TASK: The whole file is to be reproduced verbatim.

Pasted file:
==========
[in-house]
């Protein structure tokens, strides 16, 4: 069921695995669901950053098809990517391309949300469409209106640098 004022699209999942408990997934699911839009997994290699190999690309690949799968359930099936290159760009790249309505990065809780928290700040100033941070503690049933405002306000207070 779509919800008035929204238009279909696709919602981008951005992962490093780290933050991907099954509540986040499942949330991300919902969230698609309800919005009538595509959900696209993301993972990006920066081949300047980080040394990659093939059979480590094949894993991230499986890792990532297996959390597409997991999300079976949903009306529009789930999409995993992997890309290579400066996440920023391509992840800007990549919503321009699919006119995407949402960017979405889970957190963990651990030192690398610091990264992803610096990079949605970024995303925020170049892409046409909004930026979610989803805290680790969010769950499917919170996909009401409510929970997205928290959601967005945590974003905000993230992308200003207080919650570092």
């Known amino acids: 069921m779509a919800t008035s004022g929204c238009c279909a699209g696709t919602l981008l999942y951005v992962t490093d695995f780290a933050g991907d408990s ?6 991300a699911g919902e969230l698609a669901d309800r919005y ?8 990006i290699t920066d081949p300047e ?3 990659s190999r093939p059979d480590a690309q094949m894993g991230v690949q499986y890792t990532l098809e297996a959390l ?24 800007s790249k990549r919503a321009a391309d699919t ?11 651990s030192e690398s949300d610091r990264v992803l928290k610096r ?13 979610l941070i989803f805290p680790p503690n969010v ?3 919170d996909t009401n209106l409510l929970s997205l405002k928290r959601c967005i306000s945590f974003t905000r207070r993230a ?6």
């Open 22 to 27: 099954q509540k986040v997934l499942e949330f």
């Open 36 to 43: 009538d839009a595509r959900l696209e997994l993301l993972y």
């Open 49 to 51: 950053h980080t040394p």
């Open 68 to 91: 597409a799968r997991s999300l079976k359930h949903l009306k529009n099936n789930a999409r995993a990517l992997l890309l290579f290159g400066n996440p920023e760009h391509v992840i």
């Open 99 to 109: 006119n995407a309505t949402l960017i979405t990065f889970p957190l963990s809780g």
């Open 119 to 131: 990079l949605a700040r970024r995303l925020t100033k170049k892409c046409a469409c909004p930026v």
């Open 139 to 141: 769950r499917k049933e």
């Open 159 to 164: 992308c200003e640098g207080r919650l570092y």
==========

[in-house]
């Protein structure tokens, strides 16, 4: 069921695995669901950053098809990517391309949300469409209106640098 004022699209999942408990997934699911839009997994290699190999690309690949799968359930099936290159760009790249309505990065809780928290700040100033941070503690049933405002306000207070 779509919800008035929204238009279909696709919602981008951005992962490093780290933050991907099954509540986040499942949330991300919902969230698609309800919005009538595509959900696209993301993972990006920066081949300047980080040394990659093939059979480590094949894993991230499986890792990532297996959390597409997991999300079976949903009306529009789930999409995993992997890309290579400066996440920023391509992840800007990549919503321009699919006119995407949402960017979405889970957190963990651990030192690398610091990264992803610096990079949605970024995303925020170049892409046409909004930026979610989803805290680790969010769950499917919170996909009401409510929970997205928290959601967005945590974003905000993230992308200003207080919650570092």
């Known amino acids: 069921m779509a919800t008035s004022g929204c238009c279909a699209g696709t919602l981008l999942y951005v992962t490093d695995f780290a933050g991907d408990s ?6 991300a699911g919902e969230l698609a669901d309800r919005y ?8 990006i290699t920066d081949p300047e ?3 990659s190999r093939p059979d480590a690309q094949m894993g991230v690949q499986y890792t990532l098809e297996a959390l ?24 800007s790249k990549r919503a321009a391309d699919t ?11 651990s030192e690398s949300d610091r990264v992803l928290k610096r ?13 979610l941070i989803f805290p680790p503690n969010v ?3 919170d996909t009401n209106l409510l929970s997205l405002k928290r959601c967005i306000s945590f974003t905000r207070r993230a ?6």
């Open 22 to 27: 099954q509540k986040v997934l499942e949330f």
């Open 36 to 43: 009538d839009a595509r959900l696209e997994l993301l993972y």
């Open 49 to 51: 950053h980080t040394p």
């Open 68 to 91: 597409a799968r997991s999300l079976k359930h949903l009306k529009n099936n789930a999409r995993a990517l992997l890309l290579f290159g400066n996440p920023e760009h391509v992840i």
């Open 99 to 109: 006119n995407a309505t949402l960017i979405t990065f889970p957190l963990s809780g």
């Open 119 to 131: 990079l949605a700040r970024r995303l925020t100033k170049k892409c046409a469409c909004p930026v």
């Open 139 to 141: 769950r499917k049933e």
């Open 159 to 164: 992308c200003e640098g207080r919650l570092y």